During Pregnancy Ectopic pregnancy Antepartum Haemorrhage, Pre-Eclampsia/Eclampsia, Septic Shock
During Labour/Delivery Amniotic Fluid Embolism (→ cardiorespiratory collapse), Inversion/rupture of uterus, Prolapsed cord, Shoulder dystocia, Acute foetal distress, Cardiac arrest
Post-Partum Post-partum haemorrhage; Infection

Major causes of Maternal mortality

  • Postpartum haemorrhage
  • Heart disease
  • Pregnancy induced hypertension
  • Amniotic embolism

Uterine Rupture

Overview Uterine rupture occurs in 2 per 10,000 of all pregnancies. It is a rare but significant event. It may occur before or after birth and can vary in size.

Defintion
Uterine Rupture: disruption of the uterine muscle extending to and involving the uterine serosa or disruption of the uterine muscle with extension to the bladder or broad ligament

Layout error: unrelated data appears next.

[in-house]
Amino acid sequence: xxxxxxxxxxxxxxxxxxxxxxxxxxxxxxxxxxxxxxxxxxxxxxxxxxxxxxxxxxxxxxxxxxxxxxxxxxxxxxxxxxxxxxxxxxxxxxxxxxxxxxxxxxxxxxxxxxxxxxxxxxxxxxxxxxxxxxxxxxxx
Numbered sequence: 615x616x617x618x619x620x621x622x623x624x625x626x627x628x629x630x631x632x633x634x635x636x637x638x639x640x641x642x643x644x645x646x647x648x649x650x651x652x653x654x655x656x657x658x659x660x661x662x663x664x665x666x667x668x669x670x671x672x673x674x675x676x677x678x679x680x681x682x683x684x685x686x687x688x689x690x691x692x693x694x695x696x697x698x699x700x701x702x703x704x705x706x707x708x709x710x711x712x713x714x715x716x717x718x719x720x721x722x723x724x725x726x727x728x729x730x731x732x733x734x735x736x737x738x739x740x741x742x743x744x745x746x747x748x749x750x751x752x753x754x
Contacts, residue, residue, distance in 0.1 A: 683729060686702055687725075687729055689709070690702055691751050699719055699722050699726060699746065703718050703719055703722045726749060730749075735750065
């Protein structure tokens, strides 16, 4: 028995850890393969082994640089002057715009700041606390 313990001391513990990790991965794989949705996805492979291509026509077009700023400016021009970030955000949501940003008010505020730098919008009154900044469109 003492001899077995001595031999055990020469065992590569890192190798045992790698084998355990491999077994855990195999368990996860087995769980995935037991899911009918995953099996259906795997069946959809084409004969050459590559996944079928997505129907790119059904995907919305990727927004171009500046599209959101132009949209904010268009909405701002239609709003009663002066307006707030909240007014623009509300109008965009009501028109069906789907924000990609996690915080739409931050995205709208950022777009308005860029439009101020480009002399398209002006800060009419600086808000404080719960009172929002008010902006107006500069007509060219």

Uterine dehiscence: disruption of the uterine muscle with intact uterine serosa

Risk Factors

  • High parity
  • Multiple pregnancy
  • Previous uterine trauma
  • Previous uterine surgery
  • Induction and/or augemntation of labour
  • High or mid cavity forceps
  • Obstructed labour (with or without Bandl’s Ring)
  • Direct trauma
  • Extension of a cervical laceration
  • Internal manipulation to correct unstable lie or malpresentation

Signs and Symptoms

  • Cessation of previously effective contractions
  • Tonic/hypertonic contractions
  • Pain unrelated to contractions
  • Pain over the uterine scar
  • Should tip pain (rupture)
  • Antepartum haemorrhage
  • Post partum haemorrhage
  • Haematuria
  • Fetus palpated in maternal abdomen
  • Loss of station of the presenting part
  • Abnormal fetal heart rate pattern

Management

  • Call of help!
  • Resuscitate
  • Cease oxytoxin if in progress
  • Monitor ongoing blood loss
  • Monitor foetus
  • Prepare for immediate transfer to theatre to expedite birth
  • Surgical repair or hysterectomy
Remember After the emergency Document, Debrief and Disclosure

Complications

  • Maternal haemorrhage (concealed or revealed)
  • Damage to other pelvic structures
  • Hysterectomy
  • Fetal compromise and possible demise
  • Maternal death

Uterine Inversion

Overview Uterine inversion occurs when the uterine fundus inverts within the endometrial cavity. 1 in every 2,500 births.